The Museum Studies master’s degree requires 36 credit hours.

The curriculum provides a comprehensive overview of the discipline, opportunities for grasping core components of museum practice, avenues for exploring the interdisciplinary nature of museums, grounding in current issues facing them, and possibilities for research to develop new and innovative approaches in the field. You’ll also complete 500 total museum experience hours, including at least 250 hours in an approved internship.

Our graduates work as collection managers, educators, exhibit designers, curators, archivists, directors and more at museums and historical agencies across the country and around the world.

The M.A. in Museum Studies requires 36 graduate credit hours. You’ll complete the Museum Studies Core and, with guidance of academic advisors and program staff, craft an individualized, multidisciplinary degree plan to master both general and specific topics appropriate to your interests and relevant to current museum standards.

In addition to courses such as collections management, museum education, exhibits and museum management, you can gain skills as diverse as scenography, learning theory, audience evaluation, nonprofit leadership, psychology and public administration, among others.

You’ll also have access to the staff and resources of several acclaimed museums at KU and in the region. Current museum professionals teach many of our courses.

The program has six elements:  

  • The Museum Studies Core (MUSE 801, MUSE 802, MUSE 803) – 9 credits
  • Museum Professional Areas – 9 credits
  • Museum Conceptual Domains – 6 credits
  • Electives – 9 credits
  • Museum Experience (Internship) – 3 credits
  • Final Product (Research)

Core courses provide a comprehensive understanding of the theories, history, techniques and problems common to museums, historical agencies and related institutions. The capstone course (MUSE 803), taken in your third semester, provides an avenue for you to conduct research or other creative activities that advance the discipline of museum studies.

You’ll develop expertise in one or more of the principal specialties of museum work by completing a minimum of two courses in that area, at least one of which must be a Museum Studies (MUSE) course.

We group museum professional specialties into the following categories. For each specialty, courses incorporate training in best practices, policy development, legal and regulatory concerns, and future trends.

Leadership & Management

Courses cover areas such as administration, policy, fundraising and legal issues related to the management of nonprofit organizations.


Includes developing skills in exhibition design and installation, graphics and marketing, public programs, as well as innovative approaches to new and emerging technologies.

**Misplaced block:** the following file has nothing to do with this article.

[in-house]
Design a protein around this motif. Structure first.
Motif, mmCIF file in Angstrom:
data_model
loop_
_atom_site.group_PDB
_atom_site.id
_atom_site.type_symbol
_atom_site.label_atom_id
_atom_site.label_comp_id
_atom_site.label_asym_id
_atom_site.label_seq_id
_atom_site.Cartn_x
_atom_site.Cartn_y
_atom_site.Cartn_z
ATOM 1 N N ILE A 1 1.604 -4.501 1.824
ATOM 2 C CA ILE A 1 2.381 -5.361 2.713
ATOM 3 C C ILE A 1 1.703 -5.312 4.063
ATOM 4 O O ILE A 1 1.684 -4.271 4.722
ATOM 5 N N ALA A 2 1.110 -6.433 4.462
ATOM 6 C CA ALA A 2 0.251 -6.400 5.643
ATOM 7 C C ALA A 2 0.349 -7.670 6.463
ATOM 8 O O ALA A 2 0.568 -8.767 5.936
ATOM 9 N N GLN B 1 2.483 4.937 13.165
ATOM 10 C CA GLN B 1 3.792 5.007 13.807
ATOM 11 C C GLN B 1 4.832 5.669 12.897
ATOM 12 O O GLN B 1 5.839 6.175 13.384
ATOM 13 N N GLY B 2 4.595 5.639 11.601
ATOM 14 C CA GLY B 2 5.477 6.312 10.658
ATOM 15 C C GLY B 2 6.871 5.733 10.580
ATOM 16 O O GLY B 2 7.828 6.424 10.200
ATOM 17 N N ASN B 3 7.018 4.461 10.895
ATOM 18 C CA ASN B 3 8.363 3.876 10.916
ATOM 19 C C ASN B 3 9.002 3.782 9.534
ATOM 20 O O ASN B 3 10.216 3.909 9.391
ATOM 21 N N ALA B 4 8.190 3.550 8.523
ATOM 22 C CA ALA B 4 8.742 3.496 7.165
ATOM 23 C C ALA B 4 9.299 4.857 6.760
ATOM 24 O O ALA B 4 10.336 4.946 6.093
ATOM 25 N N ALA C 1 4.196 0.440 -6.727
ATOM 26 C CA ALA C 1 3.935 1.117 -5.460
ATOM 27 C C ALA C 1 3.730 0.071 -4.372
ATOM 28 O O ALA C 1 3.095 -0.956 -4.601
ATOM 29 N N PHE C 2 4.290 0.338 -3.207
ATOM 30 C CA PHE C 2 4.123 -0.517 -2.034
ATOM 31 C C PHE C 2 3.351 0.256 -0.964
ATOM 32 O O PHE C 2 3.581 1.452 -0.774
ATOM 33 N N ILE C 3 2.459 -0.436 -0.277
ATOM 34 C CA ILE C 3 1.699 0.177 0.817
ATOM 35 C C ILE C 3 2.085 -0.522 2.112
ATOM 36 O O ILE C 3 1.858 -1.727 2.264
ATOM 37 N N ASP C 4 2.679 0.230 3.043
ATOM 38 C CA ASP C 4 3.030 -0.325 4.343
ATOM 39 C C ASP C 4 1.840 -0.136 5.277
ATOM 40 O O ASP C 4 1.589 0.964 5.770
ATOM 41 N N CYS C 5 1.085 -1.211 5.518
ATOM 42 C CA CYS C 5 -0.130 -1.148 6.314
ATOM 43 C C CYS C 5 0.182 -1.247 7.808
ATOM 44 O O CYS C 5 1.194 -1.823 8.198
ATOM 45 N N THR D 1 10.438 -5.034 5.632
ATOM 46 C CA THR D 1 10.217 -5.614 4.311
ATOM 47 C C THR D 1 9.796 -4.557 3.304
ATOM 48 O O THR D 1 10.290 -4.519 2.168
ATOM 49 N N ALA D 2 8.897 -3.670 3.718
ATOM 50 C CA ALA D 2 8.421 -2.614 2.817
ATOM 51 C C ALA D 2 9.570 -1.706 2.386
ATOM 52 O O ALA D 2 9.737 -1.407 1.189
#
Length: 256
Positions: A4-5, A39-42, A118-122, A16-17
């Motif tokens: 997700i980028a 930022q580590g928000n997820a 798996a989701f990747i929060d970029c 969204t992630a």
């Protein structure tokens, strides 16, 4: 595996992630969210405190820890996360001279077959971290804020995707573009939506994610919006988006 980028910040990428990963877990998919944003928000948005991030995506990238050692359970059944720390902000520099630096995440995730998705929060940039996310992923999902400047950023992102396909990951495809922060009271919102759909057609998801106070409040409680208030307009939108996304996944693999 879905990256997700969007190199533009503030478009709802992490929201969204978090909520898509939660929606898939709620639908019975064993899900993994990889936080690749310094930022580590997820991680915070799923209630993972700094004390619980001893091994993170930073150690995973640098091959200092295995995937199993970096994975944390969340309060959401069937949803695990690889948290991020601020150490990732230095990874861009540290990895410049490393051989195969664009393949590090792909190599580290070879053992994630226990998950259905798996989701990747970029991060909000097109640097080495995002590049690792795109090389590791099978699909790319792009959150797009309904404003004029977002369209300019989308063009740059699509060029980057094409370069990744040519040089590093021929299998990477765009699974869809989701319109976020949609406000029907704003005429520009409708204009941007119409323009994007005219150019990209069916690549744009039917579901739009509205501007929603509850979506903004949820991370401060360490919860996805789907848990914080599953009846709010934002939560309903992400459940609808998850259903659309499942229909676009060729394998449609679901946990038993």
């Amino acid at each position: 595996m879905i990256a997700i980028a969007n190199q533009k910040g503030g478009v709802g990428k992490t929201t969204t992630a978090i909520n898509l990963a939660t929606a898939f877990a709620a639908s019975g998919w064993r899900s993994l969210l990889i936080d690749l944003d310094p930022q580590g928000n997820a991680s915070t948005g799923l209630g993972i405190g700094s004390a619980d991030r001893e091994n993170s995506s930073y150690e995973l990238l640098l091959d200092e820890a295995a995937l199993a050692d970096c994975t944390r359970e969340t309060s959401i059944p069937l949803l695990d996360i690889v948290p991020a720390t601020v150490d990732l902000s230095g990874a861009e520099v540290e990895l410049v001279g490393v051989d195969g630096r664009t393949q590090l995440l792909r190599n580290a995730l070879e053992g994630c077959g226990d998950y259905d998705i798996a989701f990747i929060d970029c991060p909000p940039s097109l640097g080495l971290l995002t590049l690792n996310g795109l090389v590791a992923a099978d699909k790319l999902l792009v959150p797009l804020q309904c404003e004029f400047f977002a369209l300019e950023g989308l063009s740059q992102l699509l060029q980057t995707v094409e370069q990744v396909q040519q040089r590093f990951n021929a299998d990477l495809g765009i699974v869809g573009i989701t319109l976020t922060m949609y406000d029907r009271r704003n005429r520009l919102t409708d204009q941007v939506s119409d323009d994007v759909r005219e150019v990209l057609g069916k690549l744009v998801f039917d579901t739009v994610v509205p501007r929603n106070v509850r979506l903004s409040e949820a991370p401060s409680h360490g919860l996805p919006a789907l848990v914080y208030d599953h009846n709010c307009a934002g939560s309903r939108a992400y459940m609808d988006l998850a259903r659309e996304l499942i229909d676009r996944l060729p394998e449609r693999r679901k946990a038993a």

Courses develop expertise in the practices and policies associated with managing and caring for the range of materials in museum collections.

Community Connections

Courses enable you to develop skills in public programming, curriculum planning, visitor studies, audience development and volunteer management.

The conceptual domains of museum work – Materiality, Engagement and Representation – address in depth the conceptual and theoretical foundations of museums. Courses that emphasize conceptual domains place museological subjects in broader historical and intellectual frameworks.

You can take courses focused on one or more of these areas, which are offered outside of MUSE. For instance, if you're interested in natural sciences collections management, taking courses in Ecology & Evolutionary Biology or Geology would be useful.

Want to go into museum public education? Consider courses in educational instruction technology, curriculum development or working with children with autism from the School of Education, or courses from the Gerontology Program.

You’ll choose courses with the help of your faculty advisor and the course instructors. Approval is based on the general relevance of the course and assurance that your work in the class applies to museum studies. 

We expect you to deepen your knowledge of the field by taking courses in a subject area relevant to your area of specialization. You’ll work with your faculty advisor, as well as course instructors, to determine which courses fit your needs. MUSE also offers independent study courses so you can delve into specific topics that don't have a course offered. 

The Museum Studies director advises entering students, but by the end of the first year you should choose a faculty advisor.

Your faculty advisor assists in selecting courses, oversees the development of your final product and serves as the committee chair for your final product examination.